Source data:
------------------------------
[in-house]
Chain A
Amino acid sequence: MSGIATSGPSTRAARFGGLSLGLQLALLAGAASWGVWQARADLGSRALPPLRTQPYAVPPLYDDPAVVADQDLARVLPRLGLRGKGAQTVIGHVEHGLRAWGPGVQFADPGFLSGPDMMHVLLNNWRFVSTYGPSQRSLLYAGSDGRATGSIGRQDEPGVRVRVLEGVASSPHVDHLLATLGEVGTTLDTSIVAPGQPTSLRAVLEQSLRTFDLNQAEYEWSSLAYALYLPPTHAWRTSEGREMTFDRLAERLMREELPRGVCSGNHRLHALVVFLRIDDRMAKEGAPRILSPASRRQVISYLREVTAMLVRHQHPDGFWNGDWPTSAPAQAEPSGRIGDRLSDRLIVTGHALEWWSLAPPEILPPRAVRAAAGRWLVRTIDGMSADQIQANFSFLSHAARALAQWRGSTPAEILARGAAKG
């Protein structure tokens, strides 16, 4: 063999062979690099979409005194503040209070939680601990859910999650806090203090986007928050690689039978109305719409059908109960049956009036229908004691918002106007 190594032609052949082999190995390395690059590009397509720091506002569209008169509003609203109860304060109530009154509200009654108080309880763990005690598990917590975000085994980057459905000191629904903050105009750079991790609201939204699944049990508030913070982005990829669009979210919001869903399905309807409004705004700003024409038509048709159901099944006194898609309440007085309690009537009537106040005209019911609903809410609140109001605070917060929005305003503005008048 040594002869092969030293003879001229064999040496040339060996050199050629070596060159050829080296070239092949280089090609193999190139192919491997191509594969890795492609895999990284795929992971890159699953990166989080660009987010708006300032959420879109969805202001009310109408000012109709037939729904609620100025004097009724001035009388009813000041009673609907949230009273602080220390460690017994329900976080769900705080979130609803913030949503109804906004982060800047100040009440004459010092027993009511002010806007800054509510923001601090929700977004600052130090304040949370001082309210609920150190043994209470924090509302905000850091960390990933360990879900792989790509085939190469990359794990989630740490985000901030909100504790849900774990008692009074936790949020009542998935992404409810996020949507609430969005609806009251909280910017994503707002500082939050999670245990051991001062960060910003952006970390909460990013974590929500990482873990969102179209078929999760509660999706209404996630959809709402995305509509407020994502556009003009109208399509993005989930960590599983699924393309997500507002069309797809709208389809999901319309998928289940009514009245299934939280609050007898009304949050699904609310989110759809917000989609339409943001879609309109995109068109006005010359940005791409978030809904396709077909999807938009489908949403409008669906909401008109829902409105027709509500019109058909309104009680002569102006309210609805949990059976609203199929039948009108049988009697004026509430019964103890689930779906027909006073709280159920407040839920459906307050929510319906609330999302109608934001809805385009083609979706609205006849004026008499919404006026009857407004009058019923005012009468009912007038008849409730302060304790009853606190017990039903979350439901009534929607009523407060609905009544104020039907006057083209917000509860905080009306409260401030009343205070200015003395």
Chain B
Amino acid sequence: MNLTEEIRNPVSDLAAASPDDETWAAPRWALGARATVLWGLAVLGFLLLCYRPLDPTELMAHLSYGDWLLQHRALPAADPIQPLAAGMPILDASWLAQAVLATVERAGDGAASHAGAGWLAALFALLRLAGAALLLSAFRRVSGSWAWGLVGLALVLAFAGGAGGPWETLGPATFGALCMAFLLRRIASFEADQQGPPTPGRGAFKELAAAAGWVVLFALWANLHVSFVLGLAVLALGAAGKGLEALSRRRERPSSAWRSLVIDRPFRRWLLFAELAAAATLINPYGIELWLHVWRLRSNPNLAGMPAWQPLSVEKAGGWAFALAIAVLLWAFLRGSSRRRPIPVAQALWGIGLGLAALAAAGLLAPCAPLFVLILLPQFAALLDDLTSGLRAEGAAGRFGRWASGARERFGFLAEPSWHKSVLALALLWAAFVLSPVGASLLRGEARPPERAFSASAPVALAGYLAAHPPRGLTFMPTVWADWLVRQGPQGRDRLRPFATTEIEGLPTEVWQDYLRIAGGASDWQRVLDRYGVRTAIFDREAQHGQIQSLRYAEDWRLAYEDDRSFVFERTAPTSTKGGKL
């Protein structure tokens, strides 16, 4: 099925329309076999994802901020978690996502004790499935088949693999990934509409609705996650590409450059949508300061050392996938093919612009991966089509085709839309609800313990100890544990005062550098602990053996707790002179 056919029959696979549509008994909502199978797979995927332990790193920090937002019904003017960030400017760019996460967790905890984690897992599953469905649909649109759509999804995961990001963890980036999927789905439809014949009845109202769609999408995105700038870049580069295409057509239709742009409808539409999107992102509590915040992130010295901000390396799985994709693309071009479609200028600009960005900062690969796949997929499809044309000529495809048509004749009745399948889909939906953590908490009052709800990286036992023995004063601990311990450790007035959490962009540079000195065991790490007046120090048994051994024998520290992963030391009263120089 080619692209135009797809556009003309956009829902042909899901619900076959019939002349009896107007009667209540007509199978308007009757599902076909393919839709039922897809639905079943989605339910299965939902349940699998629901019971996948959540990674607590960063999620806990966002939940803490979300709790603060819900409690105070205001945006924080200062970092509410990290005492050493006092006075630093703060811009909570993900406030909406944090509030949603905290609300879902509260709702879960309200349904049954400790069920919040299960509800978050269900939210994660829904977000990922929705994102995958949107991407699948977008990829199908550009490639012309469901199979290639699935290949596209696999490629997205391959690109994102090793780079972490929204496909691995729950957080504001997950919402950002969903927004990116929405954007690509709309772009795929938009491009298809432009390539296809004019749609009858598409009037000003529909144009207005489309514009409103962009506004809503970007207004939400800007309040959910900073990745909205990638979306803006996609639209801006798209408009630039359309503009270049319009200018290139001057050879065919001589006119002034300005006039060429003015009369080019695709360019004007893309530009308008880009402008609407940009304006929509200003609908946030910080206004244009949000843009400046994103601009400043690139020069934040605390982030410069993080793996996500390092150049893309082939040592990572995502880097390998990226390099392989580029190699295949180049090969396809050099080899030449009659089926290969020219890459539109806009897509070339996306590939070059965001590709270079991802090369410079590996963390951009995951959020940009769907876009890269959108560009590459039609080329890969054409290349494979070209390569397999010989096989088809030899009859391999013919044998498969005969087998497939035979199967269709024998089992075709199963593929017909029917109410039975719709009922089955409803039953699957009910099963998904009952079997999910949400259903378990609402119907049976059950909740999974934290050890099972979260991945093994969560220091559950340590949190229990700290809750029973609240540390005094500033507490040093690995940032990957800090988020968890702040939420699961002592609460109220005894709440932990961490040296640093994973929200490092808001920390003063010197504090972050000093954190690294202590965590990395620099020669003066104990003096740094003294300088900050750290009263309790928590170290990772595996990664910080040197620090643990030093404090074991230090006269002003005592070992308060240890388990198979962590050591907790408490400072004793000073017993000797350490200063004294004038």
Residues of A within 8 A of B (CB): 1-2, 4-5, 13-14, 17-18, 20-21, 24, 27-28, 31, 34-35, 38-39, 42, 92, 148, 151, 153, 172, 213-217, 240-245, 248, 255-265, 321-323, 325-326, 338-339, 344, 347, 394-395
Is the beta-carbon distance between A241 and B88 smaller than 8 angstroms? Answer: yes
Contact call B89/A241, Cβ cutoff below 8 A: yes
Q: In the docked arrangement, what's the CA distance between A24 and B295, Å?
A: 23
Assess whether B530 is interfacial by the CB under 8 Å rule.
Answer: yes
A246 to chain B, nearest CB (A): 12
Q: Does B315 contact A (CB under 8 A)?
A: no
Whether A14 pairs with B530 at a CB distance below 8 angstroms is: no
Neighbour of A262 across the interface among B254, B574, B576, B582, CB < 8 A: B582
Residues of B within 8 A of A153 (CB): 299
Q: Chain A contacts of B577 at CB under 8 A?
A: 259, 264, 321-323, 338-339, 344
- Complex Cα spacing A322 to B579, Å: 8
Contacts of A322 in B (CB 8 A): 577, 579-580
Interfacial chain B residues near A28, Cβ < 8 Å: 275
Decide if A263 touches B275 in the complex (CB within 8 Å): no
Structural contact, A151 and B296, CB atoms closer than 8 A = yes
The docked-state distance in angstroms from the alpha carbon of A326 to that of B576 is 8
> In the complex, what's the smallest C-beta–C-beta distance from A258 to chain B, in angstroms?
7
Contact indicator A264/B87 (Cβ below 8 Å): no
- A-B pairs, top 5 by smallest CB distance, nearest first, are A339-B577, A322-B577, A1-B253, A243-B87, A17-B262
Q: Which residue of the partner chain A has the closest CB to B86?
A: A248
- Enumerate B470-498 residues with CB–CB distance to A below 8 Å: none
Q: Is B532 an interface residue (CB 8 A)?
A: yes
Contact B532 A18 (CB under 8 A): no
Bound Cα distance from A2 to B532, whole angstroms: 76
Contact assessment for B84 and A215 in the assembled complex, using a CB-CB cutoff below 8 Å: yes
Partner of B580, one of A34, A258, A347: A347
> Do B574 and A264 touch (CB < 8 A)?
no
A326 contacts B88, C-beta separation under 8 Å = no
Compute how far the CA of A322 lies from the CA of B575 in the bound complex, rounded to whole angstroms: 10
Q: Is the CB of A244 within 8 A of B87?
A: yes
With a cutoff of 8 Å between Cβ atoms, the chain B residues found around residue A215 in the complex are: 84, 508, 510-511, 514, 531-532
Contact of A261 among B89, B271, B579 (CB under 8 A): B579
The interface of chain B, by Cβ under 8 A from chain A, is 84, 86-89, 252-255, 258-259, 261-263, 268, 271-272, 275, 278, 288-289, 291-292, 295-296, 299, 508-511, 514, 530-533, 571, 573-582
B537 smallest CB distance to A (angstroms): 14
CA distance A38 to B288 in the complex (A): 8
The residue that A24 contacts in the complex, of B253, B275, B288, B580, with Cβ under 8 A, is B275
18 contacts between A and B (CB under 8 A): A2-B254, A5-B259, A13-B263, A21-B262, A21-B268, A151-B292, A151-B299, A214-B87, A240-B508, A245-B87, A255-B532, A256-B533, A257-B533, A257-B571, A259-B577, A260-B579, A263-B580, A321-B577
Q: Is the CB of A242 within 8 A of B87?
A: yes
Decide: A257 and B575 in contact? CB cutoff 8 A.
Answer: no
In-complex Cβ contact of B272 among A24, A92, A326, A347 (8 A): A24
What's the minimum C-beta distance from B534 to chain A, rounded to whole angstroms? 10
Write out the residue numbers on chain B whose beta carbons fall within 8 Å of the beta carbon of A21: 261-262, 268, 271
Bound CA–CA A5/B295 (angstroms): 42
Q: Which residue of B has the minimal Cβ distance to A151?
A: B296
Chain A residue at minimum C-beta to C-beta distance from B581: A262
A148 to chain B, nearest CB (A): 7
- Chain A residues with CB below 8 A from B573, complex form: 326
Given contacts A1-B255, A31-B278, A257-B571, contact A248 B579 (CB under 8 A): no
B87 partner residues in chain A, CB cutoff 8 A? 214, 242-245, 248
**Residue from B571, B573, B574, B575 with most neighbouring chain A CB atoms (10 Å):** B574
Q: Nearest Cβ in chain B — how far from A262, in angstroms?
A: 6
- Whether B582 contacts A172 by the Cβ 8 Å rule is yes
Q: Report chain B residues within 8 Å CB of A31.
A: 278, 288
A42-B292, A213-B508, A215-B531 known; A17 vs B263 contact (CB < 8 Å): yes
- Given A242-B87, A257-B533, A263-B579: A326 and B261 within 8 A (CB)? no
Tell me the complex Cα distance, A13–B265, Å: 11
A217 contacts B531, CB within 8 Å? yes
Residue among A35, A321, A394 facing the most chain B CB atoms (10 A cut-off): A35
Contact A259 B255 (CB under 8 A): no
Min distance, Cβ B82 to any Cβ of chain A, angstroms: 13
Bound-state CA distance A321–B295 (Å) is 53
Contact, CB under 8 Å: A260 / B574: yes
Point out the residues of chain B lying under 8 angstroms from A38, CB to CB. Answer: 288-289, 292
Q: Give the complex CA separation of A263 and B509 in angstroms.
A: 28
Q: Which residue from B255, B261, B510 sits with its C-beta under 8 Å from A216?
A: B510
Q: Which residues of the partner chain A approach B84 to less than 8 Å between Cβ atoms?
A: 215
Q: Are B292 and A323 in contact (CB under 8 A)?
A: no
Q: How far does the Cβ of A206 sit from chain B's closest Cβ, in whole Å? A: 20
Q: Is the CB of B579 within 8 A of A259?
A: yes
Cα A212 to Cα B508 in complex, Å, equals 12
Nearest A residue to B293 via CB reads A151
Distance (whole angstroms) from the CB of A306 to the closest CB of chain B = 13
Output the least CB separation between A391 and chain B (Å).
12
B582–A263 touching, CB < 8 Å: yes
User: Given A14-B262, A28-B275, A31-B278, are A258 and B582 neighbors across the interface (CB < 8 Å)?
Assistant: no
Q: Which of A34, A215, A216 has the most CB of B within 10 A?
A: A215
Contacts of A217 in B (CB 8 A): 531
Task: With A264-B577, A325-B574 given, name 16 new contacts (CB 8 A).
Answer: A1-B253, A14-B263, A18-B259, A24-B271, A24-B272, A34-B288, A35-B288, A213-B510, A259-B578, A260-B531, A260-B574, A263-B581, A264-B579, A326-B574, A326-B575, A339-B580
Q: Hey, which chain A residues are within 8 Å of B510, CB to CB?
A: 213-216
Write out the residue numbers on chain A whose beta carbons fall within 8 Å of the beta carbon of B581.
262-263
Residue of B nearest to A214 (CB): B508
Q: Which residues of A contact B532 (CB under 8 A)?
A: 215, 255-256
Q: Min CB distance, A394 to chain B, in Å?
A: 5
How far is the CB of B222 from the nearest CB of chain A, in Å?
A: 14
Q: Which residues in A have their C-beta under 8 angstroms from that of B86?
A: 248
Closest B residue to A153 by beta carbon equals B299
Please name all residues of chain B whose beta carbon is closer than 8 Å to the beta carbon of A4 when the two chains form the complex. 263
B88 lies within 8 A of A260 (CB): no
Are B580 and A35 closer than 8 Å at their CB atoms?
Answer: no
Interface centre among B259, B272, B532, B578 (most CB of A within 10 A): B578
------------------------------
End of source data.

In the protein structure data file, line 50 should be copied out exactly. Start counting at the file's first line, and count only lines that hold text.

The interface of chain B, by Cβ under 8 A from chain A, is 84, 86-89, 252-255, 258-259, 261-263, 268, 271-272, 275, 278, 288-289, 291-292, 295-296, 299, 508-511, 514, 530-533, 571, 573-582